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Introduction to Point-to-Point

Point-to-Point
Matthew Hayhow

By Matthew Hayhow Web Journalist, Updated 17 May 2017

If you have a business that operates over several sites, then you have the problem of integrating your networks and communications between them. This is even more of an issue if you rely on VoIP communication or use video calling as part of your operations. Although smaller businesses may be able to do this via the internet, for larger organisations there are issues concerning reliability, security and bandwidth. In the past, this would have meant a costly and cumbersome leased line. Now, however, the established fibre optic network means that a better solution is available to establish a Point-to-Point Ethernet network, allowing you to link data, voice and even video between sites using a dedicated secure link. Upload and download speeds are guaranteed and there are no worries concerning bandwidth or contention, yet it’s cheaper than traditional leased line solutions. This introduction to point-to-point explains its benefits and how it works.

The Point-to-Point Advantage

Because it allows you to link all of your LANs and WANs together in a single network, having a Point-to-Point connection offers businesses a number of benefits. It means that all employees can access the same centralised systems no matter where they’re located. This streamlines the exchange of information between departments and locations with consequent business and operational benefits.

A Point-to-Point network is also scalable; bandwidth can be increased easily as your business grows; and you can keep an eye on what’s happening with online performance tools. You can check how your network is performing and how much traffic it’s carrying, allowing you to spot any bottlenecks and to understand peaks in data and voice traffic.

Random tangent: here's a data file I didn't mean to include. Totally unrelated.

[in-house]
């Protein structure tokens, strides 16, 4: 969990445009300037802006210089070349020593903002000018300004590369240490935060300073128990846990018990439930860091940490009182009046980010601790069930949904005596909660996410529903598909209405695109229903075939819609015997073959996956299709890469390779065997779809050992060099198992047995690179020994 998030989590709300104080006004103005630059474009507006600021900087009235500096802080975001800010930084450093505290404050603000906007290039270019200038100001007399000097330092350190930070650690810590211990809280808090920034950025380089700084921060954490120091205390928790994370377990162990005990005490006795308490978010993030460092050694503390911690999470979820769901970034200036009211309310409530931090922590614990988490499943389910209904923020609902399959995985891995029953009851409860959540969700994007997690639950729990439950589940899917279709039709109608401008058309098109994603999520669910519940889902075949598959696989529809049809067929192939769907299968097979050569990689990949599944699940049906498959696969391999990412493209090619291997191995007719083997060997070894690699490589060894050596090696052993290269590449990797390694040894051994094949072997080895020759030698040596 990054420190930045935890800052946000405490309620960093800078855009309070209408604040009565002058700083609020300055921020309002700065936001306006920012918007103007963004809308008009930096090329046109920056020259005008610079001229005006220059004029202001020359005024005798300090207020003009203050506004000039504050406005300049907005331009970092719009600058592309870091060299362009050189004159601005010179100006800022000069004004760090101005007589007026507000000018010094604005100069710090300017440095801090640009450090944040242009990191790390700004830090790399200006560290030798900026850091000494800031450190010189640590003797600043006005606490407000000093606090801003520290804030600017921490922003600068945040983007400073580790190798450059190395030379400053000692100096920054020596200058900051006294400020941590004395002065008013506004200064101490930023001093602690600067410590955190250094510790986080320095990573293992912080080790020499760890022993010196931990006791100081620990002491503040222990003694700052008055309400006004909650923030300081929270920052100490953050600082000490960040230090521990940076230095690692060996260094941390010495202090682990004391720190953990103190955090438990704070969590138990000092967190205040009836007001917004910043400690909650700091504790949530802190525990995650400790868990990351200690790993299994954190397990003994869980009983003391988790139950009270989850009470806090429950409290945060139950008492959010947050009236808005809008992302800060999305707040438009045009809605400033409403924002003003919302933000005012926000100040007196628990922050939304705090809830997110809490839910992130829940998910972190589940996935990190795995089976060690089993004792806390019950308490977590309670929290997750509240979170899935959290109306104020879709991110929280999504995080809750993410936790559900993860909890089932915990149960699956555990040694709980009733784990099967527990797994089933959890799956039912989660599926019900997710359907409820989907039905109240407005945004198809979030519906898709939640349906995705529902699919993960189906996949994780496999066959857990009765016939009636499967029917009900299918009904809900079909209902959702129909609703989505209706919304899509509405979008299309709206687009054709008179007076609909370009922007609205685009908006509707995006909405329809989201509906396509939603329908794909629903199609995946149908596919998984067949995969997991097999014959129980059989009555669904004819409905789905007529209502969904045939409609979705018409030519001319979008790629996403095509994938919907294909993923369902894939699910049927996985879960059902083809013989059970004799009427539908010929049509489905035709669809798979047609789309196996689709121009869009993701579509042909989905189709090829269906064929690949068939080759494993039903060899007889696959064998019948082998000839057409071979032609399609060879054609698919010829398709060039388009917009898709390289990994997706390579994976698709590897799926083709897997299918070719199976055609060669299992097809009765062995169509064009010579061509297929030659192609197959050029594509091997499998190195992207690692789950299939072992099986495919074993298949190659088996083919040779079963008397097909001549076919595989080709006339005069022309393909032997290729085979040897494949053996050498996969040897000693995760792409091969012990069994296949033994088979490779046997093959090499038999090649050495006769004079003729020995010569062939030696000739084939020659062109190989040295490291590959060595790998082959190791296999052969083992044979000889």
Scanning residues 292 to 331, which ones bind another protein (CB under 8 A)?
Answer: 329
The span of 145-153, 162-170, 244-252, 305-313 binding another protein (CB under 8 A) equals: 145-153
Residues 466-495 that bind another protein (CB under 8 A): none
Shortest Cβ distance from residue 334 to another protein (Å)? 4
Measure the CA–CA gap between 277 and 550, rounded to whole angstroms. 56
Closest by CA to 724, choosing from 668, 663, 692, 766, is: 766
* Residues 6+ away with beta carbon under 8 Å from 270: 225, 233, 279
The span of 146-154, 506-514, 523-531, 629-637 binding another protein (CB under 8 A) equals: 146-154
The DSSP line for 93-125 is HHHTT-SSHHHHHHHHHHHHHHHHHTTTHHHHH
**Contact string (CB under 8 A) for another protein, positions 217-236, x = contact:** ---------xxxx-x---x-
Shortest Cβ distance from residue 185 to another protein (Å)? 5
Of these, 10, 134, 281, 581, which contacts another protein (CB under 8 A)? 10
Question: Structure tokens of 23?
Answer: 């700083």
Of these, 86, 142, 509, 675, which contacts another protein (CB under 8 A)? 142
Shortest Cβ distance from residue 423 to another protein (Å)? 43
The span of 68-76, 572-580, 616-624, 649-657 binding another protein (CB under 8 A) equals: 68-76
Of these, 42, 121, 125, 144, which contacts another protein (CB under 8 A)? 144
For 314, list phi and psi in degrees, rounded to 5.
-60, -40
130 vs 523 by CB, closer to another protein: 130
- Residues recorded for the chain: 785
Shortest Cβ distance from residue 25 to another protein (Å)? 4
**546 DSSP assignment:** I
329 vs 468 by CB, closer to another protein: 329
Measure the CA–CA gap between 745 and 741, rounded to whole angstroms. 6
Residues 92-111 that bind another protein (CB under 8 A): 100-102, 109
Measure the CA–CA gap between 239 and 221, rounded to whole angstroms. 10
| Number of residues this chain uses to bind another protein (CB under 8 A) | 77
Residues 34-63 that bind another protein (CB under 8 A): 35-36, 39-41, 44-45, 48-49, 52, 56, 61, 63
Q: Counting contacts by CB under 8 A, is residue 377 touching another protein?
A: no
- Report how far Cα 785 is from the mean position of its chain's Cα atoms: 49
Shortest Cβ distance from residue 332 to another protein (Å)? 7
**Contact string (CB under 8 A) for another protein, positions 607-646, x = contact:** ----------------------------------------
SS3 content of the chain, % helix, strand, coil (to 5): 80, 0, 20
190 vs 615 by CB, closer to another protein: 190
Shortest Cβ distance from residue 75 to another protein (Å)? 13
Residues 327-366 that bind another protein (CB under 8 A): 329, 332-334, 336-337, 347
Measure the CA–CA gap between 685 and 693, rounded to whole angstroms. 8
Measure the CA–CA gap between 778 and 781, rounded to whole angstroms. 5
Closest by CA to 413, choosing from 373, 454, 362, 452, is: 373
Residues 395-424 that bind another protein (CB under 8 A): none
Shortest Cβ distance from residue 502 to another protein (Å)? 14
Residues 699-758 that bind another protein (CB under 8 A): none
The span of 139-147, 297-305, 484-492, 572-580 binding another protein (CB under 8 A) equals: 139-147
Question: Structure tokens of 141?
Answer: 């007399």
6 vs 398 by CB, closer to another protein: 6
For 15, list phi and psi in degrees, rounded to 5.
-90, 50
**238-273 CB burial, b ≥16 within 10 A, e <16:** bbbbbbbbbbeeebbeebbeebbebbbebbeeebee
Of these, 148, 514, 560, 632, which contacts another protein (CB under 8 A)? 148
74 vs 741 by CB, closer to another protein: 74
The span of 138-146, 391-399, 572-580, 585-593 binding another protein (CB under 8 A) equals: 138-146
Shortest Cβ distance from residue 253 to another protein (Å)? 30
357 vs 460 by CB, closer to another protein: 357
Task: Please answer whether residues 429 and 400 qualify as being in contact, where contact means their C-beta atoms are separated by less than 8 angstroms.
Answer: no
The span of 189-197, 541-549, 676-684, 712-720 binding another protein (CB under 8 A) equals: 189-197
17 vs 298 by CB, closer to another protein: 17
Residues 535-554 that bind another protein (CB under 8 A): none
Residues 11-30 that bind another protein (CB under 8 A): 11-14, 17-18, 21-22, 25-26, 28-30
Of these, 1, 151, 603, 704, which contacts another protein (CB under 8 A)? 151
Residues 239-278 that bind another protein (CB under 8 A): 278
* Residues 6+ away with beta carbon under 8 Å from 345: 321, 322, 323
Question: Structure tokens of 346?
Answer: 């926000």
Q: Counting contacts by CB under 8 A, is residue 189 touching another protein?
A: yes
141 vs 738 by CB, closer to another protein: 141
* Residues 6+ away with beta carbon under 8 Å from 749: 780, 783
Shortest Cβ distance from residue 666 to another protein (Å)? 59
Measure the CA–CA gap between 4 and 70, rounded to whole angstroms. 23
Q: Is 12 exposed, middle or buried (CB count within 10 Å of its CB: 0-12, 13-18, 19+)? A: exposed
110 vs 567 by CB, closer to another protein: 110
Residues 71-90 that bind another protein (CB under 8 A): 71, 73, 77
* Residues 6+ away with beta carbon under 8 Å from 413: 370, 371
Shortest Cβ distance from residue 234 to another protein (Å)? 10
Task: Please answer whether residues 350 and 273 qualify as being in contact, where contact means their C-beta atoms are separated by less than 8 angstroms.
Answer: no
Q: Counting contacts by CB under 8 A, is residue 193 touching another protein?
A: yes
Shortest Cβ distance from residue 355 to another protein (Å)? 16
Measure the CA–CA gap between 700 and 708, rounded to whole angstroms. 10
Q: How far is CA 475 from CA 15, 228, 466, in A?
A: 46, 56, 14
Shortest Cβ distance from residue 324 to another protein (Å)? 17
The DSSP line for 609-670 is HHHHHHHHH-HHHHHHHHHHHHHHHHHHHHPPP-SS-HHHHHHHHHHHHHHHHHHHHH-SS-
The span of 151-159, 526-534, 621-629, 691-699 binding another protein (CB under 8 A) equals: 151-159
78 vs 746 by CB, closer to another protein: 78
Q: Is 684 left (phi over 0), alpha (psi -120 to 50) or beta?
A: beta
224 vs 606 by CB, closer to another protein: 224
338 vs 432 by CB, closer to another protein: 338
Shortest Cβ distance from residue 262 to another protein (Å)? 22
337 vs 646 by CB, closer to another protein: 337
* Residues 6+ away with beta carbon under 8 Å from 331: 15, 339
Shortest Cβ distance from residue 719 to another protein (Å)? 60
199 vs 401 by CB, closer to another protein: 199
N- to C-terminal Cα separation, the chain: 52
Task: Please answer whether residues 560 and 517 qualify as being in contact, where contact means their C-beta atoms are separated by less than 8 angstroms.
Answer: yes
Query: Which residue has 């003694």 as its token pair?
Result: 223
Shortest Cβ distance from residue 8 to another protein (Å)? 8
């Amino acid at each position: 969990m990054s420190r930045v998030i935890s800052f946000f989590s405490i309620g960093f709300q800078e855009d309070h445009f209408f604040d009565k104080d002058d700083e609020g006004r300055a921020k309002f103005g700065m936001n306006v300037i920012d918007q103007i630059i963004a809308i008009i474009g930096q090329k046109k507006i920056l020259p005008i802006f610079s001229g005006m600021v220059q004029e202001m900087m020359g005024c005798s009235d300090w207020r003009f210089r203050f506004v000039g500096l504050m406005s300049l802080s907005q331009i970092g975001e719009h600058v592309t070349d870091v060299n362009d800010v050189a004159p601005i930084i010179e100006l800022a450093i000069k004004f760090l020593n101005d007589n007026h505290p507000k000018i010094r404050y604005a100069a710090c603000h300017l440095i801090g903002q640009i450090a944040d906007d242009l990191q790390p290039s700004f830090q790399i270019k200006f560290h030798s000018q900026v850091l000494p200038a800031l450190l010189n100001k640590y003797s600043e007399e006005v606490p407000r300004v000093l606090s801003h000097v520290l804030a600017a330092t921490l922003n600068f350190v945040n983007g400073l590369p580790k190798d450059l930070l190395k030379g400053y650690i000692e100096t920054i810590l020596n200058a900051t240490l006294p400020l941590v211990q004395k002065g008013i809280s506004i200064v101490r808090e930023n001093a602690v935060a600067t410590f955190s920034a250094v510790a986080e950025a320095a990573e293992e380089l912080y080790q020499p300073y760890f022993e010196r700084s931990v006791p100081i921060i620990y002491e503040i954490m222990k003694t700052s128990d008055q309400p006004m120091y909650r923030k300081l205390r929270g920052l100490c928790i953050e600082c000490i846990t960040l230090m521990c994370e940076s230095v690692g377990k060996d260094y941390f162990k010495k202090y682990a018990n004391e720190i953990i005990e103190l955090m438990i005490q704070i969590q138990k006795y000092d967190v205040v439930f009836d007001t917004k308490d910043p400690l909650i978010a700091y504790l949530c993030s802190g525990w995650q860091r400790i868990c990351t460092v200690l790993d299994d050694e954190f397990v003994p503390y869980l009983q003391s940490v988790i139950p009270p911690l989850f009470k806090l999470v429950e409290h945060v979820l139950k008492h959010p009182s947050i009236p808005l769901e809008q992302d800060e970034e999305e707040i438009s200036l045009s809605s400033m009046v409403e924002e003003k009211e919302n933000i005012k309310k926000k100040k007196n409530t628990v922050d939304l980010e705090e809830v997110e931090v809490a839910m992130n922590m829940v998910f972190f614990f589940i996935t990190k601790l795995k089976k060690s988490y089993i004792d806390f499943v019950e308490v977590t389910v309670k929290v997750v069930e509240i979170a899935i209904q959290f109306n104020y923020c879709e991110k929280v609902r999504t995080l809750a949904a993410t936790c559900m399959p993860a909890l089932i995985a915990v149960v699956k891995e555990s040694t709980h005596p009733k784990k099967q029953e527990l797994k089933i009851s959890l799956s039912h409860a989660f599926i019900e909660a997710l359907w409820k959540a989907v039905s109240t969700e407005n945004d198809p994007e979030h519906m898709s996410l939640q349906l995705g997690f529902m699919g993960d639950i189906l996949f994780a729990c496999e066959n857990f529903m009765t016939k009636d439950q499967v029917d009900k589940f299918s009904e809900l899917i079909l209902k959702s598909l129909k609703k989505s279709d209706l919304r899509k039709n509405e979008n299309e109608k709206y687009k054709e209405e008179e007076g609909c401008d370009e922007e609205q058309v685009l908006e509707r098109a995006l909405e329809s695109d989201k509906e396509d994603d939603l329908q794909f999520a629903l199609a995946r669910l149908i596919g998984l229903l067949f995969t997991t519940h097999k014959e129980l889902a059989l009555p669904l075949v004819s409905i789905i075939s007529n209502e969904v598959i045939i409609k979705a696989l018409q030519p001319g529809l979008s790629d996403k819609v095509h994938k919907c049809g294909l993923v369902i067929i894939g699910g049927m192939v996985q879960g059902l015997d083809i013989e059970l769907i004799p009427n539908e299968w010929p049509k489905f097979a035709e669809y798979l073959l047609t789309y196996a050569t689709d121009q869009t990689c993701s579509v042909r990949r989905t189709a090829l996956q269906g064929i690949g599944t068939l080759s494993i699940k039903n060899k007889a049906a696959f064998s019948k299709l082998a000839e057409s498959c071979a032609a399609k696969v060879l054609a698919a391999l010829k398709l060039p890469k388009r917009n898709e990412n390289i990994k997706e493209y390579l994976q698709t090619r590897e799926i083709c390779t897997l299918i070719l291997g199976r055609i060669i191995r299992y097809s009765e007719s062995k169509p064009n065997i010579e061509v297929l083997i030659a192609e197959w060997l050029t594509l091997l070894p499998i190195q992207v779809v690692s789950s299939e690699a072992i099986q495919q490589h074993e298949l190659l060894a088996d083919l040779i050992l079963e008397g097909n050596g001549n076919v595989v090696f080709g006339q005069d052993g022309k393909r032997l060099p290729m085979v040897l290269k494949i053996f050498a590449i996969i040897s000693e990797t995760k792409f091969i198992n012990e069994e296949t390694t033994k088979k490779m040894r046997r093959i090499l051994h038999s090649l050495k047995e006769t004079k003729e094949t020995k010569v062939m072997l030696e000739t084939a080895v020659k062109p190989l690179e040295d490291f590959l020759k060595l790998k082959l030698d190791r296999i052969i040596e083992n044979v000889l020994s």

Different service classes allow you to prioritise data so that important transactions aren’t held up by less essential data. Managed options are available if you prefer to have someone else look after the network, allowing you to concentrate on your core business. Service level agreements can guarantee network availability up to 99.9 per cent of the time.

Because the network is secure you have no worries about data leaks. It’s compliant with the latest regulations for securing government data, so public sector organisations can take advantage of the benefits too. For mission critical systems, extra resilience can be added to ensure that your data is available at all times.

It keeps you in control of your budget too. With a fixed monthly charge you know exactly what you’re spending and you don’t have to worry about how much capacity you’re using.

How Point-to-Point Works

If your sites are relatively close to each other - within 25 kilometres - you can link them with a dedicated fibre optic connection. This provides a private, secure path for your traffic with speeds up to 10Gb/s available. You won’t need any new routing equipment either; the line terminates in a box provided by the supplier and is compatible with your existing network systems.

For sites that are further apart, you can take advantage of the telecom provider’s fibre optic network. You traffic is segregated from normal internet traffic, giving you, effectively, your own dedicated link regardless as to the distance. You get all the benefits of a local network but over a larger area.

It’s possible to have a single Point-to-Point link between two sites, or multiple connections where a number of sites need to connect to a central office or data centre. In either case you get improved speed with faster round trip times and reduced packet loss, because you’re not sharing bandwidth with other users.

Since it’s separated from other traffic there are, of course, security benefits. The user owns and manages all layer three devices and there’s separation at layer two, so there’s no chance of general internet traffic creating a compromise in security.

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